Location, Location, Location

In This Article…

It’s no secret that the Eastern Conference is widely considered to be weaker than the Western Conference. And not by just a little — the difference is night and day. What’s often overlooked, however, is just how significant that fact is.

Specifically, a team’s location can play an important role in its playoff chances, any evaluation of its current strength, how its current win/loss record should be viewed… and its star player’s MVP chances.

East vs. West

Currently, there are 10 teams in the West over .500. Meanwhile, there are only 5 teams in the East over .500. This is the case even though these 10 Western Conference teams have played twice as many games against teams over .500. For some of the few winning East teams (“winning” being defined as being at or over .500), it’s possible that they would not be over .500 were they located in the West and playing ten more games against winning teams. In fact, it’s likely that only two or three of the five Eastern Conference teams over .500 would still be over .500 if playing in the Western Conference.

Let’s do the math on this. There are 10 teams over .500 in the West, and 5 teams over .500 in the East. Western Conference teams play each West team 4 times, and each Eastern Conference team 2 times (and vice versa for Eastern Conference teams). Therefore, a West team will play 40 games against the teams over .500 in the West (10 teams over .500, four times each), and 10 games against teams over .500 in the East (five teams, two times each), for a total of 50 out of 82 games against teams over .500.

Eastern Conference teams, on the other hand, will play 20 games against the teams over .500 in the East (five teams, four times each), and 20 games against the teams over .500 in the West (10 teams, two times each), for a total of 40 games out of 82 against teams over .500.

That means that Western Conference teams play 61% of their games against teams over .500, while Eastern Conference teams play only 48% of their games against teams over .500. That’s a pretty large difference.

Given this, it is that much more impressive that so many Western Conference teams have managed a winning record, despite a much more difficult schedule that includes more games against winning teams. Conversely, it becomes even more disturbing that, despite a much easier schedule that includes fewer games against winning teams, so few Eastern Conference teams are managing winning records.

East Is Least

The situation in the Eastern Conference appears even more bleak when considering how a winning team might fare if it played in the Western Conference. Toronto, for example, is only 5 games over .500. But if their schedule included 10 fewer games against losing teams, and 10 more games against winning teams, they might easily have three more losses (and, therefore, three fewer wins), resulting in a sub-.500 record of 24-26 — or worse, since 7-3 is very optimistic against ten winning teams.

The same could be said of Cleveland. If four of their wins had been losses instead, they would be just under .500 at 24-25. And that’s not much of a stretch to imagine — if the Cavs went 6-4 against ten winning teams, we’d consider that a significant accomplishment. In fact, their 14-10 (.583) record against the West would seem to indicate that 6-4 would be a likely number.

Even Orlando, despite its solid 32-21 record, could easily have a losing record in the West. They’re currently 11-12 (.478) against the Western Conference, so if they played 10 more games against the best of the West, it’s conceivable that they could lose 6 of them — which would give them a 26-27 record.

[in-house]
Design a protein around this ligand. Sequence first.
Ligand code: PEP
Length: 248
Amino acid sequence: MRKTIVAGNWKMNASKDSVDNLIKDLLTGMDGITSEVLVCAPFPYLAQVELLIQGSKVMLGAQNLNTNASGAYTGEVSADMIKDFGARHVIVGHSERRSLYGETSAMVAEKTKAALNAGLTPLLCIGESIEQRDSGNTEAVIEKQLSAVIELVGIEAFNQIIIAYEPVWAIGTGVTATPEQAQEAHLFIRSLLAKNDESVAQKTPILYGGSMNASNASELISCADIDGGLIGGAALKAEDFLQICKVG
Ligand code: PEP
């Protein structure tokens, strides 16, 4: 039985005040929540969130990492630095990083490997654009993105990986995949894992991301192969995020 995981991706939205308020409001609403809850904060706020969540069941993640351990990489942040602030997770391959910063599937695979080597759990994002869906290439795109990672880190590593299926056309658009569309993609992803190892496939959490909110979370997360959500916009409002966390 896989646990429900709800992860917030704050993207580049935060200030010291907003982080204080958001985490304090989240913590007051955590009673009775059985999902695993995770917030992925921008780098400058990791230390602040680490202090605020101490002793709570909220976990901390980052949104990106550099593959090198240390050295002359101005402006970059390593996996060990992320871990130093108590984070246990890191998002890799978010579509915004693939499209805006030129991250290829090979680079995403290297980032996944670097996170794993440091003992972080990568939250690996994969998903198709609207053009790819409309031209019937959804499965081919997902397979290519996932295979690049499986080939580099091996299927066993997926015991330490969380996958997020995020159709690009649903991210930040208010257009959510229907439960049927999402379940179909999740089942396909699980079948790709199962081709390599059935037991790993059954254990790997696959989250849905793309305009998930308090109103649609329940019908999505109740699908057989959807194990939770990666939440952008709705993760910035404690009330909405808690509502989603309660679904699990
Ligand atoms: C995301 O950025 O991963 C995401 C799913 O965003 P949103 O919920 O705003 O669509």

This leaves us with two Eastern Conference teams ‐ three, max — that we can say with confidence would still have a winning record if they played in the West: Boston, Detroit, and maybe Orlando.

Why It Matters

The first thing that comes to mind when discussing the disparity between the two Conferences is competitiveness. Specifically, many have complained that the NBA Finals are uninteresting because they are not competitive, and that the “real” NBA Finals is actually the Western Conference Finals. Some have even gone so far as to petition for a change to the current Playoffs seeding method, suggesting alternative Playoffs formats that might be more competitive.

While this is all true, there are several other ways in which the disparity between the Conferences can be a serious factor.

One of these is in evaluating a team, with regards to both its past performance and its future outlook. When looking at a team’s record, for example, it’s important to take into account the stregth of the team’s schedule. For instance, Portland Trailblazer fans and New Orleans Hornets fans have every reason to be very excited. Not only do their teams have better records than anyone thought they would, but they’re doing it in the stacked Western Conference. In the Eastern Conference, they would likely be in the top four teams.

On the other hand, Cleveland Cavaliers fans and Toronto Raptors fans should take their clubs’ winning records with a grain of salt. While these two teams have moderate winning records, their decent performance this season has to be seen as slightly above mediocre, at best, when seen in the context of the weak Eastern Conference in which they play.

Similarly, a team’s location should also be taken into strong consideration when evaluating a team’s future outlook. When “Power Ranking” teams, therefore, teams that are doing well and are expected to continue or even improve in the West should receive more attention than those that are doing the same in the East.

Therefore, the Lakers — who have won 7 of their last 10, could soon be in the top three in the West, and still have the further integration of Pau Gasol and the return of Andrew Bynum to look forward to — should be heavily favored in terms of future potential. While Boston is in a similar situation — 7-3 in the last 10 and missing Kevin Garnett — the edge should go to the Lakers because they are doing the same thing in a much tougher context.